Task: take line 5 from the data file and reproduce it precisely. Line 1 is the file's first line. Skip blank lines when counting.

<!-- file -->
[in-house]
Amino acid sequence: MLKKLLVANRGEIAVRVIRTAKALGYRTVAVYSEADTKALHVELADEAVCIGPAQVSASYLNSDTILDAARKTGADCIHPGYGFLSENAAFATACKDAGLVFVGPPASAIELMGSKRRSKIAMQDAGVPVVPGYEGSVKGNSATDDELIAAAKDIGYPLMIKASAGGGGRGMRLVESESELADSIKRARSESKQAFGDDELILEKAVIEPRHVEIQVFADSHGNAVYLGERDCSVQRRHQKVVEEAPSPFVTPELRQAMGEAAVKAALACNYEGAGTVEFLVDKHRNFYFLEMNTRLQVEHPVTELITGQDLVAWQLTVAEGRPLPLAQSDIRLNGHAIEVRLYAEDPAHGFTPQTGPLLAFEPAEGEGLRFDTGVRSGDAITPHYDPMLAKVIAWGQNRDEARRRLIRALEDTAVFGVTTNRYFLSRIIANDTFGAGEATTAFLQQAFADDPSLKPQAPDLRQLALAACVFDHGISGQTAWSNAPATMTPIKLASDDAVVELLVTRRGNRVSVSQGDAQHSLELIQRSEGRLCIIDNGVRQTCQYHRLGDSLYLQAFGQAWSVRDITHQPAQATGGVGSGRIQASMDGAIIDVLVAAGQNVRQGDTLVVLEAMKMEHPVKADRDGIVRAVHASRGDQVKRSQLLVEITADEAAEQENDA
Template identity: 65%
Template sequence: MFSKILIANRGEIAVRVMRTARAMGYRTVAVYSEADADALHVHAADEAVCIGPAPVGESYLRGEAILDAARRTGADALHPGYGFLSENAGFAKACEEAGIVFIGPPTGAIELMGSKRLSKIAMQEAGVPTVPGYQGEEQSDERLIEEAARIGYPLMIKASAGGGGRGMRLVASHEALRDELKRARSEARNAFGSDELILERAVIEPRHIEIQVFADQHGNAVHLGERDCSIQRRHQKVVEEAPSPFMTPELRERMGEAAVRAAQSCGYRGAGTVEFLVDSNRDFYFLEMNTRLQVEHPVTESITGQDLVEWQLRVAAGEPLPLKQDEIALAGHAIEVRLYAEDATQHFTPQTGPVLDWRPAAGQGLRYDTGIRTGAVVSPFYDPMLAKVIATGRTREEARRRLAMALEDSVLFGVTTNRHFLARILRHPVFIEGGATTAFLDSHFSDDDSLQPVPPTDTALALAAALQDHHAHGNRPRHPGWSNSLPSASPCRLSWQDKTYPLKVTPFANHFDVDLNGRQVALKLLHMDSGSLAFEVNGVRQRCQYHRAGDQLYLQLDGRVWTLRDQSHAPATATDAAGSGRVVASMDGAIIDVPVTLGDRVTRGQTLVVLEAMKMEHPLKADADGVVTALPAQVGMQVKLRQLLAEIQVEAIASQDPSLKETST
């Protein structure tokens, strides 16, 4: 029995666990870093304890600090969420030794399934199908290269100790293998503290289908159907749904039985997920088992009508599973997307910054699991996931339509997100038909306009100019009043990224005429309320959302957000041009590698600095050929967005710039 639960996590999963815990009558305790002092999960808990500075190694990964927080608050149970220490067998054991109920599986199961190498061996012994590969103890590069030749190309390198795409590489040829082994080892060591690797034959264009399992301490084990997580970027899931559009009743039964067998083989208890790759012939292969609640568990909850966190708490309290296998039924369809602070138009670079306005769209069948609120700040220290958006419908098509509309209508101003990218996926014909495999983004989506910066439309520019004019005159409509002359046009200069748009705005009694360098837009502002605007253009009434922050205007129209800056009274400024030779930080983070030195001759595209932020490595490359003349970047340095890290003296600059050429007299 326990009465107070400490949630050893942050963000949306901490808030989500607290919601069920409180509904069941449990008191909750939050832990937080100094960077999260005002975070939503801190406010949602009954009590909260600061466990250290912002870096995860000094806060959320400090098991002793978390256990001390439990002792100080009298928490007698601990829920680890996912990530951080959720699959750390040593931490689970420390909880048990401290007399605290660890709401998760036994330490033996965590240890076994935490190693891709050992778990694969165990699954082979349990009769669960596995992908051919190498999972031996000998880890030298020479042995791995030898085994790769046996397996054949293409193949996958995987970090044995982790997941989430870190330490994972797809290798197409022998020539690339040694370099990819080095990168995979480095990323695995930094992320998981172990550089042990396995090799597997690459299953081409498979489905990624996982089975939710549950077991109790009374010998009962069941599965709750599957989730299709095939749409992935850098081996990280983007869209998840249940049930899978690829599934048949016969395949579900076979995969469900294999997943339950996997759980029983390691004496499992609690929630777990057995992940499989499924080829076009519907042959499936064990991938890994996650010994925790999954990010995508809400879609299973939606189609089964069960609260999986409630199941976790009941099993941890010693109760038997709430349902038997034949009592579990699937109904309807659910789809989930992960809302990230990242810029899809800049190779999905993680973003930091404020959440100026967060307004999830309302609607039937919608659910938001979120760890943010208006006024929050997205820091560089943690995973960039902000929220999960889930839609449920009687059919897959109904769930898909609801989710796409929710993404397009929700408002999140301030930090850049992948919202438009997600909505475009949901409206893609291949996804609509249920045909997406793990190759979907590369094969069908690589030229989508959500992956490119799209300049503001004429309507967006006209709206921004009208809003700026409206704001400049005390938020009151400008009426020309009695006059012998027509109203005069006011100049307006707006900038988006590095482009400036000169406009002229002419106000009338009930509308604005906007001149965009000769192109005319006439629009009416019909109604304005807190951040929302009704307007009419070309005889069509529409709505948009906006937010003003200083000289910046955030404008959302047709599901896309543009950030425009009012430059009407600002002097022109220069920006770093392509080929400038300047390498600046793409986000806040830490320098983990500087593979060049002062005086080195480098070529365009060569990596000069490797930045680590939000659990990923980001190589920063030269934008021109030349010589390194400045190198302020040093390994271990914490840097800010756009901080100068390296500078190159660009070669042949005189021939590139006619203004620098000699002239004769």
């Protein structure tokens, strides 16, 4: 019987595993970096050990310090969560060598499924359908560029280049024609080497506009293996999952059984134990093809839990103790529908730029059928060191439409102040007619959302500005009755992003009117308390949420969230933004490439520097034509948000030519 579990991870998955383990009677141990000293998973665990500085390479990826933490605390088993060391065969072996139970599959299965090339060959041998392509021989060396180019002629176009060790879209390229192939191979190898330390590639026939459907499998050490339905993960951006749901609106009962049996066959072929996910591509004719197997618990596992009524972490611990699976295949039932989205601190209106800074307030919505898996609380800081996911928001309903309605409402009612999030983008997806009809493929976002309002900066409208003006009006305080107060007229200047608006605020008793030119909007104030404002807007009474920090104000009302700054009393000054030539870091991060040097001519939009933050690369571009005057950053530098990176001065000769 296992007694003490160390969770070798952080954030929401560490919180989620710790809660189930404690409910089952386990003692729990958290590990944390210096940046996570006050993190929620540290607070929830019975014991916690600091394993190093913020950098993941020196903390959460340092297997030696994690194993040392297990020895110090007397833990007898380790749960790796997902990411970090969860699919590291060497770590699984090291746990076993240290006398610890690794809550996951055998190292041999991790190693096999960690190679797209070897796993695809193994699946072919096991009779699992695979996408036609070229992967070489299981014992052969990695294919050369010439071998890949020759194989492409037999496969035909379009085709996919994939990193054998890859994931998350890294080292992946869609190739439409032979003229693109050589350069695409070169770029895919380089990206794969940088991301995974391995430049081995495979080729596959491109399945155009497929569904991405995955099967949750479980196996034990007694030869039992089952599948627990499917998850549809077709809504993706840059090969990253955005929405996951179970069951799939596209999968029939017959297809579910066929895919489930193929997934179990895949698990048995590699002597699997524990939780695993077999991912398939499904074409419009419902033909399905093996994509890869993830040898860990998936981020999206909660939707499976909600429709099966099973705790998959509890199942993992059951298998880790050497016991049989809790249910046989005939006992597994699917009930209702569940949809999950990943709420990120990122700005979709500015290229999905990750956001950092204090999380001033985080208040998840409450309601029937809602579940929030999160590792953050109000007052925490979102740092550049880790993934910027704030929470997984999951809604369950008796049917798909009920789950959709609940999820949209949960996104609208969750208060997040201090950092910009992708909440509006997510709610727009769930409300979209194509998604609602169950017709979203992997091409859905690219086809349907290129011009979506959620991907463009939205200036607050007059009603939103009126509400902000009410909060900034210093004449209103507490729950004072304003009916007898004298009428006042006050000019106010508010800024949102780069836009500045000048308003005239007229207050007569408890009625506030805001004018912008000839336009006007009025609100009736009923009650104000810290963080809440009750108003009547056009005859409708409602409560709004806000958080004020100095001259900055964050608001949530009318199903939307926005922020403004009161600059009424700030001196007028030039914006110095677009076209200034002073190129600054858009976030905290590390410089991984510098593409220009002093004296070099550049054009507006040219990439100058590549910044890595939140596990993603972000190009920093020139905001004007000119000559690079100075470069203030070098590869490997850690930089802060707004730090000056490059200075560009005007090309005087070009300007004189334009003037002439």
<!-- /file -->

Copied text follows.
């Protein structure tokens, strides 16, 4: 029995666990870093304890600090969420030794399934199908290269100790293998503290289908159907749904039985997920088992009508599973997307910054699991996931339509997100038909306009100019009043990224005429309320959302957000041009590698600095050929967005710039 639960996590999963815990009558305790002092999960808990500075190694990964927080608050149970220490067998054991109920599986199961190498061996012994590969103890590069030749190309390198795409590489040829082994080892060591690797034959264009399992301490084990997580970027899931559009009743039964067998083989208890790759012939292969609640568990909850966190708490309290296998039924369809602070138009670079306005769209069948609120700040220290958006419908098509509309209508101003990218996926014909495999983004989506910066439309520019004019005159409509002359046009200069748009705005009694360098837009502002605007253009009434922050205007129209800056009274400024030779930080983070030195001759595209932020490595490359003349970047340095890290003296600059050429007299 326990009465107070400490949630050893942050963000949306901490808030989500607290919601069920409180509904069941449990008191909750939050832990937080100094960077999260005002975070939503801190406010949602009954009590909260600061466990250290912002870096995860000094806060959320400090098991002793978390256990001390439990002792100080009298928490007698601990829920680890996912990530951080959720699959750390040593931490689970420390909880048990401290007399605290660890709401998760036994330490033996965590240890076994935490190693891709050992778990694969165990699954082979349990009769669960596995992908051919190498999972031996000998880890030298020479042995791995030898085994790769046996397996054949293409193949996958995987970090044995982790997941989430870190330490994972797809290798197409022998020539690339040694370099990819080095990168995979480095990323695995930094992320998981172990550089042990396995090799597997690459299953081409498979489905990624996982089975939710549950077991109790009374010998009962069941599965709750599957989730299709095939749409992935850098081996990280983007869209998840249940049930899978690829599934048949016969395949579900076979995969469900294999997943339950996997759980029983390691004496499992609690929630777990057995992940499989499924080829076009519907042959499936064990991938890994996650010994925790999954990010995508809400879609299973939606189609089964069960609260999986409630199941976790009941099993941890010693109760038997709430349902038997034949009592579990699937109904309807659910789809989930992960809302990230990242810029899809800049190779999905993680973003930091404020959440100026967060307004999830309302609607039937919608659910938001979120760890943010208006006024929050997205820091560089943690995973960039902000929220999960889930839609449920009687059919897959109904769930898909609801989710796409929710993404397009929700408002999140301030930090850049992948919202438009997600909505475009949901409206893609291949996804609509249920045909997406793990190759979907590369094969069908690589030229989508959500992956490119799209300049503001004429309507967006006209709206921004009208809003700026409206704001400049005390938020009151400008009426020309009695006059012998027509109203005069006011100049307006707006900038988006590095482009400036000169406009002229002419106000009338009930509308604005906007001149965009000769192109005319006439629009009416019909109604304005807190951040929302009704307007009419070309005889069509529409709505948009906006937010003003200083000289910046955030404008959302047709599901896309543009950030425009009012430059009407600002002097022109220069920006770093392509080929400038300047390498600046793409986000806040830490320098983990500087593979060049002062005086080195480098070529365009060569990596000069490797930045680590939000659990990923980001190589920063030269934008021109030349010589390194400045190198302020040093390994271990914490840097800010756009901080100068390296500078190159660009070669042949005189021939590139006619203004620098000699002239004769």